Patrick Spencer is the Head of Work and Welfare at the Centre for Social Justice. Gerard Lyons is chair of the CSJ Future of Work project.
By anyone’s measure, the British jobs market is thriving. More people are in work today than at any point on record, there are fewer people stuck in low paid jobs and the average household is finally seeing some decent wage growth.
The foundations of this success are numerous – a flexible labour market, balanced regulation, a reformed welfare system, and a strong private sector. The importance of work should not be lost on us either. Time and again, evidence shows that a job offers someone a stable source of income, a sense of purpose and dignity, and is linked to better mental and physical health outcomes. Work is the best means of lifting someone out of poverty.
However, while trend lines point in the right direction, the future of work is peppered with potential pitfalls. A report to be published by the Centre for Social Justice tomorrow outlines four of these major traps, that could jeopardise Britain’s ‘jobs miracle’, particularly for those on the margins of work.
First, the country’s industrial landscape remains hugely imbalanced. Economic growth, jobs and prosperity are predominantly generated in our cities. This is case across most developed Western economies but, unlike other countries, a single city, London, remains the major engine in our economy. It contributes approximately a quarter of UK economic output. The next most significant city is Manchester, which contributes around five per cent. London’s productivity is twice that of the UK average, and its economy grew twice as fast as the national rate in 2016. What is most concerning is that job forecasts show that most high value service sector jobs (in the tech sector, professional services or finance) are going to be located in and around London. The UK economy will be hampered if it remains so dependent on a single major commercial hub.
Second, technology is cause for concern. This is, of course, not new. Fatalism regarding automation has existed since the Luddites rebelled against the introduction of the spinning jenny. So far, fears of mass unemployment have been misplaced, but the likely reality is that, as technology displaces old jobs, the new jobs it creates may not be available for those who need them. It’s hard to expect someone working for a good wage as a machine operator in a factory willingly take up a job on minimum wage in a call centre. The biggest error in Britain’s post-industrial era was not making sufficient plans to help people who lost their jobs in the coal and steel industries to find new opportunities. Obviously, this will require a national effort to develop a mid-career retraining plan. But how will that work in reality? Should it be managed at a local level, or through employers, and how will it be paid for?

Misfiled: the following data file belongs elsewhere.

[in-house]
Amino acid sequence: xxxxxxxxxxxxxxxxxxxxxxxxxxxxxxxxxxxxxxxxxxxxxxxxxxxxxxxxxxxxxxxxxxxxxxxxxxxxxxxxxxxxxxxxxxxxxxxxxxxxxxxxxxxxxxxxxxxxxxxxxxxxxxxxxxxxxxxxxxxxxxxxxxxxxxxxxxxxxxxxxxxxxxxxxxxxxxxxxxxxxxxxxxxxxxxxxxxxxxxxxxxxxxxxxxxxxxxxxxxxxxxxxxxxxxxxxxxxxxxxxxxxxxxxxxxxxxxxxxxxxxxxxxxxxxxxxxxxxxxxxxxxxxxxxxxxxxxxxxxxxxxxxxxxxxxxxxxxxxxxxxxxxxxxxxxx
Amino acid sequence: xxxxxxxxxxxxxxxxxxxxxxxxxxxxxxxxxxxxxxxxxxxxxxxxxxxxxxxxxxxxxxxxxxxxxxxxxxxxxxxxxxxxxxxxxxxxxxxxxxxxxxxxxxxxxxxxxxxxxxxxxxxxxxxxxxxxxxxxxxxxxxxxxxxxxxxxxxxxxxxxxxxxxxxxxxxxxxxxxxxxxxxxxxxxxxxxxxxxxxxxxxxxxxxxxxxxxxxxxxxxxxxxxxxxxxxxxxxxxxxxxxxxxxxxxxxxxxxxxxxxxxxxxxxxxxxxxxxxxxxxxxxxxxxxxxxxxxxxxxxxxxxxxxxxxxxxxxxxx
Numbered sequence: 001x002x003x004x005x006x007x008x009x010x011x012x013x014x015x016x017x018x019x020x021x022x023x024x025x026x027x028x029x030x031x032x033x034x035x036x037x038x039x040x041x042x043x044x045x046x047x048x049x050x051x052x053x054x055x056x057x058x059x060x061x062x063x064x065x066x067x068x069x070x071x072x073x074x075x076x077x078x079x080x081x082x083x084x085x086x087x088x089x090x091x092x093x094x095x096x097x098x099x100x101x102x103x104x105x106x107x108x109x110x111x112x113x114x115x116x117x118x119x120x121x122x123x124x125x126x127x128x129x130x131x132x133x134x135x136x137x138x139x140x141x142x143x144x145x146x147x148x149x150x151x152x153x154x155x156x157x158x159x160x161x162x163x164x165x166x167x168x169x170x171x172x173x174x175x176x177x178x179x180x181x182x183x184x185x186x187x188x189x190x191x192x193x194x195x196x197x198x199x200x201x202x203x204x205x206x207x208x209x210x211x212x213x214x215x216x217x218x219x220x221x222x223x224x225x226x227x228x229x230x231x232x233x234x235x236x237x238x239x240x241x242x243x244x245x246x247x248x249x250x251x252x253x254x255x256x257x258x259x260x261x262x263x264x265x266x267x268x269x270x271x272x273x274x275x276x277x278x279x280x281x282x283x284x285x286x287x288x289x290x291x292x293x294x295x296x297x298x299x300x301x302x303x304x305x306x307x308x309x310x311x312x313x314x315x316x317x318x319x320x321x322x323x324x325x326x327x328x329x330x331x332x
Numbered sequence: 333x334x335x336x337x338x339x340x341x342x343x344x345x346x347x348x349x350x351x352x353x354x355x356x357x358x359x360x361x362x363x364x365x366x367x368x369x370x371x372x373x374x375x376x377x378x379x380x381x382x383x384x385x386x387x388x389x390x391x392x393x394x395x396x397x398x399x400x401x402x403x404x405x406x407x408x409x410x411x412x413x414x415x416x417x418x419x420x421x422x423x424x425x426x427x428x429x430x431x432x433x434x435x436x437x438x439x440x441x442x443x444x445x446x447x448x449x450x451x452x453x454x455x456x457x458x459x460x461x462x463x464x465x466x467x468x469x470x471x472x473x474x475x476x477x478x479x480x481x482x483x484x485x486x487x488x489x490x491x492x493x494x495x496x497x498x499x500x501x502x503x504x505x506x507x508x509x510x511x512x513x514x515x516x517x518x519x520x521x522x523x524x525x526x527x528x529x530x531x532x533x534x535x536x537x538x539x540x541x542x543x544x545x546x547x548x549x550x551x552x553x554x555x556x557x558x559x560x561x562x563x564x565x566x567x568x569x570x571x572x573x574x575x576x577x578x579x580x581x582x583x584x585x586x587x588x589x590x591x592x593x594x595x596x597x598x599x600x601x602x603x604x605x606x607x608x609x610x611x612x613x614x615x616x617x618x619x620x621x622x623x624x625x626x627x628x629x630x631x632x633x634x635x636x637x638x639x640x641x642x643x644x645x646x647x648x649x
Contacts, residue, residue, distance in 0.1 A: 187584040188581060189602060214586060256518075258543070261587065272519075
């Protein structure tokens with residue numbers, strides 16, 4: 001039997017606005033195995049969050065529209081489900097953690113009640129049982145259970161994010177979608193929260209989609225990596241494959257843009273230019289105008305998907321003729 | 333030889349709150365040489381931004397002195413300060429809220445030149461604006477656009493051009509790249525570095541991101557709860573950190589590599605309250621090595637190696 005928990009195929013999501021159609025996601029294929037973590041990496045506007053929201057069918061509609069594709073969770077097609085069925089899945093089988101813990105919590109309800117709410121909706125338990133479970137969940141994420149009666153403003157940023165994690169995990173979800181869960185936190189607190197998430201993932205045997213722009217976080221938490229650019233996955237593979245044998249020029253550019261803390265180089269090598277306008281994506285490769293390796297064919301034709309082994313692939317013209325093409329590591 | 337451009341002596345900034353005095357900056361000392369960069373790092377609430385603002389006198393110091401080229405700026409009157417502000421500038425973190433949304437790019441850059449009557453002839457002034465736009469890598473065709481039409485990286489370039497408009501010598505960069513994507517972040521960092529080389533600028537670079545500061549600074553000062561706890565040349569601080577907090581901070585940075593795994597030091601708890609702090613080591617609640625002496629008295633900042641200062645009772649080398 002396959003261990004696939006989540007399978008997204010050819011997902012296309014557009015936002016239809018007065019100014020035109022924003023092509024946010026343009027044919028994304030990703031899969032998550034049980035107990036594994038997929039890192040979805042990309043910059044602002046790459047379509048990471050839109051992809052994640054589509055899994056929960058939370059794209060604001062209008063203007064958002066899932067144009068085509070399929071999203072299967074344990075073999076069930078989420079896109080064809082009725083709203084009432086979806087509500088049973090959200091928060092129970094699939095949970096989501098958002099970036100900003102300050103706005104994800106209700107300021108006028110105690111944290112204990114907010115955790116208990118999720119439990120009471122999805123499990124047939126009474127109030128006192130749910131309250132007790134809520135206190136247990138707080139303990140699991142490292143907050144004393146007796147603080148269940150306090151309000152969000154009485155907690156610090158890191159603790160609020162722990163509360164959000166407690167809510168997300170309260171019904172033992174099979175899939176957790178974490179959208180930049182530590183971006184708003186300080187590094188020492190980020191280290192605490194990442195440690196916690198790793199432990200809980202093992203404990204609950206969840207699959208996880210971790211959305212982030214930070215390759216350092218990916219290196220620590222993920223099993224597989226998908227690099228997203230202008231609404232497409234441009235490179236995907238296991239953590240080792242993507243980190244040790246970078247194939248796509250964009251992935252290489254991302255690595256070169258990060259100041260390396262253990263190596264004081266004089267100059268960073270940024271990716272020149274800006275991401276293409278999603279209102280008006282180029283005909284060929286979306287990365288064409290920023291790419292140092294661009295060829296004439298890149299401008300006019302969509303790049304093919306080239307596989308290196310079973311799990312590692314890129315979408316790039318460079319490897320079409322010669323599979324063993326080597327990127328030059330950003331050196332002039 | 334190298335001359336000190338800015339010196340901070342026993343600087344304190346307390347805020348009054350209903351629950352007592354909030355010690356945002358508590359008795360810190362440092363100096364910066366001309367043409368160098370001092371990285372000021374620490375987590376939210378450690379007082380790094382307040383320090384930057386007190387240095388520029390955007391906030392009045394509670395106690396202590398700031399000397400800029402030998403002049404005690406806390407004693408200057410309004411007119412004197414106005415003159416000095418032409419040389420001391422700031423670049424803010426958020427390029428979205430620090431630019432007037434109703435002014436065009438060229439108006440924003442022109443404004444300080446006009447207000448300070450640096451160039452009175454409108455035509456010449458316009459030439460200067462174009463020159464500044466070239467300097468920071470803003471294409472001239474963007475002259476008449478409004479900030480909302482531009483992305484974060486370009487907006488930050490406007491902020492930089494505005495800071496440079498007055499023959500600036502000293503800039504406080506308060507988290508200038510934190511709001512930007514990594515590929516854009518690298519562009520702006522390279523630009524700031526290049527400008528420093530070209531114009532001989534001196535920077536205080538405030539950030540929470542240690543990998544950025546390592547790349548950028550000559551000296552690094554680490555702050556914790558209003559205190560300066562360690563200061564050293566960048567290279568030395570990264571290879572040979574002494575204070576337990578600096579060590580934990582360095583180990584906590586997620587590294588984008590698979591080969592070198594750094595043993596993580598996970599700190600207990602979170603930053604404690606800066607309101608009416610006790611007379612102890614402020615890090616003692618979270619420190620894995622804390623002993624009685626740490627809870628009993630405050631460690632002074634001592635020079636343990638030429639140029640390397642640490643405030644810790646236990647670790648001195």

Third, this means that the skills agenda will be a major component in any planning for the future of work. The jobs of the future are likely to demand new and different skills. Research conducted by the World Economic Forum, the EU Commission and others suggests that employers will increasingly demand intangible competencies such as communication, management, critical thinking and leadership skills. Where, in the past, jobs were functional, and one was often siloed within an organisation, we will be expected in the future to work on projects as part of wider, diverse teamd that cross geographical and technical boundaries. People will undoubtedly be expected to have more advanced technical and digital skills, working with data and software to a much higher standard. The UK education system must reflect these changing needs, otherwise young people will find themselves increasingly uncompetitive in a globalised economy.
Finally, we need to prepare for changes in our society that will have a large impact in the jobs market. We are living longer, meaning th`t many of us are likely to work into our late 60s or even 70s. The millennial generation might be the first to have a working life that lasts half a century. Combine an ageing workforce with population growth which predicts that Britain will surpass Germany as the most populous country in the present EU by 2030, and policy makers will need to prepare for a future where much more will be expected of public services.
But we should be optimistic. The British economy’s successes have been due to a natural work ethic, innovation and a thriving business sector. All of these things will continue, mitigating the future risks we outlined above, but only if we get the policies right today.